What can you do about getting local produce onto your event's menus? Look into co-operative farming companies, or farmers who sell seasonal produce at markets, or support green grocers, butchers and fishmongers who sell local and seasonal goods. Some people have no idea that great food is being grown within a stones throw from their doorsteps!
You might not have the luxury to support this environmentally-friendly option, if you live in built up areas which are far removed from fertile farmlands, but if you do have the choice, consider adding local produce to your events menu to ensure sustainable starters, mouth-watering mains and delicious desserts.
If you are going to make your party ultra-green, think beyond boundaries. Seasonal fruit, vegetables, mushrooms, fish and other delicious delicacies can all be added to your event menu to ensure that your guests are nibbling on eco-friendly fodder. Seasonal foods are more likely to have been grown locally too, so it's a double whammy for your sustainable soirée. However, be careful of some pitfalls, because local producers can grow fruit and vegetables out of season, which usually means using artificial heating and lighting in tunnels or greenhouses to stimulate growth in simulated conditions. These practices also carry significant environmental costs, from increases in energy to water use.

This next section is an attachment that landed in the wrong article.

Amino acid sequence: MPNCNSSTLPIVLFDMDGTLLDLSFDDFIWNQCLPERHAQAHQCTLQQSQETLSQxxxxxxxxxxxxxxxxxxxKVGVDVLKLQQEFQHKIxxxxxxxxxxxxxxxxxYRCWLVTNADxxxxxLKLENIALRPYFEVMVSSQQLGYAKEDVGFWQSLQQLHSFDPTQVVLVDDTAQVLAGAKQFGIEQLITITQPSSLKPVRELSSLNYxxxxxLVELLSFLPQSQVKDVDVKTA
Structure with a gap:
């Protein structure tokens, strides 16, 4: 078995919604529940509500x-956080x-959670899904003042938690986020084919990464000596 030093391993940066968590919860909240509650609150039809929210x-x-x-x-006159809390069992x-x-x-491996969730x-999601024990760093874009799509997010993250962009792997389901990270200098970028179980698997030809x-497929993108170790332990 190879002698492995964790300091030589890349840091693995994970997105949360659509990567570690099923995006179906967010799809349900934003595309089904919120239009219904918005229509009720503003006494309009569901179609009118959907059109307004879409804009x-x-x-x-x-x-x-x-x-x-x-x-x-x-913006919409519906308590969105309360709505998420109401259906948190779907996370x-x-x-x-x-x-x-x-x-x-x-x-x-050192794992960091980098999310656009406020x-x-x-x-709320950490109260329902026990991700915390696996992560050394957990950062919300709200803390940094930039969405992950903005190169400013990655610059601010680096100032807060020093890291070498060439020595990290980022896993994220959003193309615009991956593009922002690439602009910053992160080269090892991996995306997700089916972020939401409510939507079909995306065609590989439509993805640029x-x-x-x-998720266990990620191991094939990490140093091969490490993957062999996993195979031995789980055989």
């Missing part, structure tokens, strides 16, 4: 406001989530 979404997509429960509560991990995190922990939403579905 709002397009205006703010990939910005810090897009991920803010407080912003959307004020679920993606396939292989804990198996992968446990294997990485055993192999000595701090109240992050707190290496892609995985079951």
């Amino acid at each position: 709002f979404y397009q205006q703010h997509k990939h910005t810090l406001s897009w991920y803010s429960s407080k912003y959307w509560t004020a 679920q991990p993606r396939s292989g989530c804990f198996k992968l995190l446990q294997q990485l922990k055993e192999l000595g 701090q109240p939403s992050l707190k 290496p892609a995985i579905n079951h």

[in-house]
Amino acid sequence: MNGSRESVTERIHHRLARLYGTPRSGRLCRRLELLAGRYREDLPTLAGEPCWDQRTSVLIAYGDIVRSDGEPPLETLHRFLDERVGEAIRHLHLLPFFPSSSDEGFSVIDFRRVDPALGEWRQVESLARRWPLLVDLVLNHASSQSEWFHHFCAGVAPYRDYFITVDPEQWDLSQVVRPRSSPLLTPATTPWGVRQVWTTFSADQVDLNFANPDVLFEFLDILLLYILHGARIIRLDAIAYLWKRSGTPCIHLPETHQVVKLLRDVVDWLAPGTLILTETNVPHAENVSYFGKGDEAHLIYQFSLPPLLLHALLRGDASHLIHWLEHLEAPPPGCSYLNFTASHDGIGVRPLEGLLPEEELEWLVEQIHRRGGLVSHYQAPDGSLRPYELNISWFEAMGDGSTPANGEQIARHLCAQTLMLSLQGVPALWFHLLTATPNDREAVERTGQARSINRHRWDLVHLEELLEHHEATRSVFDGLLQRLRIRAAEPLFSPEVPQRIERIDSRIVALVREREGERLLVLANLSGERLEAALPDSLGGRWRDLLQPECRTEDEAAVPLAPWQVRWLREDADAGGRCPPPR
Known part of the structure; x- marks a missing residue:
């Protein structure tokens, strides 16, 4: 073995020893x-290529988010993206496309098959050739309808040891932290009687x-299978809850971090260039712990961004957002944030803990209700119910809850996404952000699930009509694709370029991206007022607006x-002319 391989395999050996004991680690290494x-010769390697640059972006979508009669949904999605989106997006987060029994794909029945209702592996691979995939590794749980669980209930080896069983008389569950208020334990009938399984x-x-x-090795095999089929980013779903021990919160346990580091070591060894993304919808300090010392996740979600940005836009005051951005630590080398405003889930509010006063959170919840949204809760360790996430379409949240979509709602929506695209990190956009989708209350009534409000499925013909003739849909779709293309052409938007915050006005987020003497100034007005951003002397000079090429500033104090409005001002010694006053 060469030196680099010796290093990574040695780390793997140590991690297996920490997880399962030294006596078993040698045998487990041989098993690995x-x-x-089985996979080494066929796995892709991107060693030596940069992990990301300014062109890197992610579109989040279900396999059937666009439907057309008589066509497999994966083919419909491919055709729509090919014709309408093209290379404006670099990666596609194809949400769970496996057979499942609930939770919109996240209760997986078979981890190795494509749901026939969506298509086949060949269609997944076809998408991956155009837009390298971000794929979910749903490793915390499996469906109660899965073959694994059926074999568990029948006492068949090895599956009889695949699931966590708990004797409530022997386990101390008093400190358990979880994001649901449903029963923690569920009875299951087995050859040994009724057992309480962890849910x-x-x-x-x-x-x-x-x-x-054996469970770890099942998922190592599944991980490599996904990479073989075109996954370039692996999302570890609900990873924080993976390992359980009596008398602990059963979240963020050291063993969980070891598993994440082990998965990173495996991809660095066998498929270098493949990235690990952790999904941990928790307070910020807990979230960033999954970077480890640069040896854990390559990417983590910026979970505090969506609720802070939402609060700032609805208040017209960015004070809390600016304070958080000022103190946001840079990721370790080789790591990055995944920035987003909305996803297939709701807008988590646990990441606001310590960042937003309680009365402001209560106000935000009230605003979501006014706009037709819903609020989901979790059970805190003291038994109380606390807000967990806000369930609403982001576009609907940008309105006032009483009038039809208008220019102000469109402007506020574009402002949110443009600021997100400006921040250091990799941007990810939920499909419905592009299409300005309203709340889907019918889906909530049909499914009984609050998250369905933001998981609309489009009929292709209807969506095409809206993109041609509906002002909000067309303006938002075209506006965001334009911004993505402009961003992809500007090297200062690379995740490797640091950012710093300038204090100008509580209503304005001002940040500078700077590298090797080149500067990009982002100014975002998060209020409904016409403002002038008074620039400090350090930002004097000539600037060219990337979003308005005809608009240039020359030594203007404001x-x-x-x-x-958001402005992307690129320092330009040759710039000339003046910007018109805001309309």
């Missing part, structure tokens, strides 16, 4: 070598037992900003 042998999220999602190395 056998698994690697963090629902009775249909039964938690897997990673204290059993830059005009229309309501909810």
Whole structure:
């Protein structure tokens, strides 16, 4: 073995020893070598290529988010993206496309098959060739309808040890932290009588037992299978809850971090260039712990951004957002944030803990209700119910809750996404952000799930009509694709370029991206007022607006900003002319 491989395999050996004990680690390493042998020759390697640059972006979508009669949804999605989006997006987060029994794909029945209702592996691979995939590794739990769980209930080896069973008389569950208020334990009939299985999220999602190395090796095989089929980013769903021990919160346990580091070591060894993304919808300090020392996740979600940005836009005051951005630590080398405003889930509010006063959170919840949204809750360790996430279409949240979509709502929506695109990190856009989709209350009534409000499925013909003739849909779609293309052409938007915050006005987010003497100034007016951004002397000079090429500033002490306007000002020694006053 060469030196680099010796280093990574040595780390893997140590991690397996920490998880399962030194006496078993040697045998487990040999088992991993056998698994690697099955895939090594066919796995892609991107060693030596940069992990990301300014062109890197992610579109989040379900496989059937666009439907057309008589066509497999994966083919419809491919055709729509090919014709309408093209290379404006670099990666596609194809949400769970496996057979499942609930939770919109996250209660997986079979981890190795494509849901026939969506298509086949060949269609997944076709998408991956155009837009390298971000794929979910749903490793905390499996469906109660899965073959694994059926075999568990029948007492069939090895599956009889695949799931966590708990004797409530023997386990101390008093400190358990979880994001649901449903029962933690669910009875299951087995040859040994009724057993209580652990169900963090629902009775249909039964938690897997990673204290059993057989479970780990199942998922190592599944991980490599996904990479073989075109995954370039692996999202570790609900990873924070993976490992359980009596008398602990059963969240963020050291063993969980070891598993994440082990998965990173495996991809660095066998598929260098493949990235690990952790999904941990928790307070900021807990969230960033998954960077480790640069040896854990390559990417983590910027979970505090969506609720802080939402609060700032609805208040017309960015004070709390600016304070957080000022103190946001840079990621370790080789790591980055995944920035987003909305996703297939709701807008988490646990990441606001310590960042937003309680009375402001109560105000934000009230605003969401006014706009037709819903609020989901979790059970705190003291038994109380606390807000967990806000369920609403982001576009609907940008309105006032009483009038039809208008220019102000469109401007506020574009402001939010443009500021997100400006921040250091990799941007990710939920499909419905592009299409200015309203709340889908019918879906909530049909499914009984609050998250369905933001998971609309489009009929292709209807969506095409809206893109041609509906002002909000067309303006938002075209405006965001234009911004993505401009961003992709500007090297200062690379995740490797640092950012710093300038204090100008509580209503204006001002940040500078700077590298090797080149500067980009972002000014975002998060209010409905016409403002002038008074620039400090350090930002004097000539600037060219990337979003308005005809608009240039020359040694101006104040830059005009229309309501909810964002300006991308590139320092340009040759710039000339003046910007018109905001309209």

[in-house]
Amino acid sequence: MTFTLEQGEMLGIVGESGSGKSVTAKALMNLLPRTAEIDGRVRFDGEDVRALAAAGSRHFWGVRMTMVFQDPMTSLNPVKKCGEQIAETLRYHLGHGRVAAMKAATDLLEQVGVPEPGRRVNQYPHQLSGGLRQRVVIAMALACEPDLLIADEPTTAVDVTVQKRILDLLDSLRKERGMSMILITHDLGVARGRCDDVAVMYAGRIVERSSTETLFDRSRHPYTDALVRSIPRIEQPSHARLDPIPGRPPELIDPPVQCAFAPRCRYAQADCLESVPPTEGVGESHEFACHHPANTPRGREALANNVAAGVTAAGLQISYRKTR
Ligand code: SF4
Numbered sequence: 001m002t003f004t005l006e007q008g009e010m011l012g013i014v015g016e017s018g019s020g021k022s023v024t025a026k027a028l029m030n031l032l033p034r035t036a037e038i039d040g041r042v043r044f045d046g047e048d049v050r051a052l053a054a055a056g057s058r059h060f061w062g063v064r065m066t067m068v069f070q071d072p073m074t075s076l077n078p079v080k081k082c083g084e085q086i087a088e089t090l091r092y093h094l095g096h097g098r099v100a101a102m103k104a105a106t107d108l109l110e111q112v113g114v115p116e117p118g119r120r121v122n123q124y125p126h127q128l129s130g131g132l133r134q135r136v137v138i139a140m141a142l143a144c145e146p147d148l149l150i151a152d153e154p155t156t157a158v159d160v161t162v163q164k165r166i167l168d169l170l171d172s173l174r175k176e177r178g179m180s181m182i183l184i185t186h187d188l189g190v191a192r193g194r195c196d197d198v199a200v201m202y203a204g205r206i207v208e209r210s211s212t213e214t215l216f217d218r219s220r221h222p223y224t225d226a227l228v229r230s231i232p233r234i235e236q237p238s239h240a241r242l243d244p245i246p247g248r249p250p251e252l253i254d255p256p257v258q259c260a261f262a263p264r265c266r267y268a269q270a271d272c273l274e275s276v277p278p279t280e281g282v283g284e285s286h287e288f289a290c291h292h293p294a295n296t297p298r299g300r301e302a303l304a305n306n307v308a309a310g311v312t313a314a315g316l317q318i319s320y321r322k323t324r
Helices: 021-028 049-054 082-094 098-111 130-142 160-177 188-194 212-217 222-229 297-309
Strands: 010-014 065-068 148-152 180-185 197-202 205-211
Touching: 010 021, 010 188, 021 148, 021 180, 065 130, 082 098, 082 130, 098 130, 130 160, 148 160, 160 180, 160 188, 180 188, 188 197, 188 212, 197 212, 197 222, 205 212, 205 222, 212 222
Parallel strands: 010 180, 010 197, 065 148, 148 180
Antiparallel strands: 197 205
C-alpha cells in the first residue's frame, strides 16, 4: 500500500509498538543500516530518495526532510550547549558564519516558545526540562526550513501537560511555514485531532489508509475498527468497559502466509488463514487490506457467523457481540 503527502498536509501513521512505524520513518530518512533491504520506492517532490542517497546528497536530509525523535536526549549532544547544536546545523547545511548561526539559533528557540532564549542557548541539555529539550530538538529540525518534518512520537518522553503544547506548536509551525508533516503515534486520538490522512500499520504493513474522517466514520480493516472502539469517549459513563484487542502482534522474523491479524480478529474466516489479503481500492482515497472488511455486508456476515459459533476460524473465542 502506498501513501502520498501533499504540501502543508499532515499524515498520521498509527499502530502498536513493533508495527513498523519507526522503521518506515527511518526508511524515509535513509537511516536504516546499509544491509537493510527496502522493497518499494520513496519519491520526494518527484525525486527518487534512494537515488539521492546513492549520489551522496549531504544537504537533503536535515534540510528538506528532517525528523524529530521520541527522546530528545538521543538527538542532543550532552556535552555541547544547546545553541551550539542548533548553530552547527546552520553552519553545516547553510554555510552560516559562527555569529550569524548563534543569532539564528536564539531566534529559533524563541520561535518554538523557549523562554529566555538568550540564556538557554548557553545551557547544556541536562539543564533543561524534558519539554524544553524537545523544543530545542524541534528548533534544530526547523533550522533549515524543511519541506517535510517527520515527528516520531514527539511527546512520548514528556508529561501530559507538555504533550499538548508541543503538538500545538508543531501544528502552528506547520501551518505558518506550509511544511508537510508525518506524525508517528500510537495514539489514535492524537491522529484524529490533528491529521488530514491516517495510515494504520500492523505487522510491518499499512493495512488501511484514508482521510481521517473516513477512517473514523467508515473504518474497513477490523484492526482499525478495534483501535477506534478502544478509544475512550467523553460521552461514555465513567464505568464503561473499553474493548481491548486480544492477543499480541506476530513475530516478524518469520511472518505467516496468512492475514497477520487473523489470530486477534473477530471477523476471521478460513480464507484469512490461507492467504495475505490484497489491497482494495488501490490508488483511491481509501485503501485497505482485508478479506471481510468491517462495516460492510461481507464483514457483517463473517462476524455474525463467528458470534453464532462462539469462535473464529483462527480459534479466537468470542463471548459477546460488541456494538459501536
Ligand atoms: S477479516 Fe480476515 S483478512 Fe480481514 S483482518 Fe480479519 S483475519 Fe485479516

However, be careful of some pitfalls, because local producers can grow fruit and vegetables out of season, which usually means using artificial heating and lighting in tunnels or greenhouses to stimulate growth in simulated conditions. These practices also carry significant environmental costs, from increases in energy to water use.
Make sure you focus on sustainable
Apart from choosing local and seasonal food for your event, also opt for produce that you know is coming from sustainable sources. A great example here is when you're thinking of serving fish. Look into buying your fish from local farms, species which are seasonal, whether the fish was line caught, or comes from stocks that are not heavily impacted by over-fishing. A good tip is to buy fish from a reputable fish shop where the staff know how the fish were caught, where the farmed fish came from, and how they were farmed. Check out the Marine Stewardship Council for information on fish species that are listed as sustainable.
Back to basics - going organic
Organic food has shed its hippie reputation and been given an ultra-chic status. Although this transition has taken some time, even the catering industry is showing significant interest in serving green greens at events. So follow suit, and serve up some organic goodies at your next party. People often choose organic food because they think that it tastes better, is more nutritious, and has added environmental benefits and animal welfare perks. One may decide that they want to eat organic food because it's produced by greener farming methods, or because eating food grown using pesticides must be bad for ones health. Thus far, scientists haven't come to any agreement about whether or not organic food is safer and more nutritious than the non-organic equivalents. So make sure to look at the evidence available and make up your own mind. What isn't disputed is that conventional, intensive farming methods and the use of pesticides and other chemicals are incredibly damaging to the environment.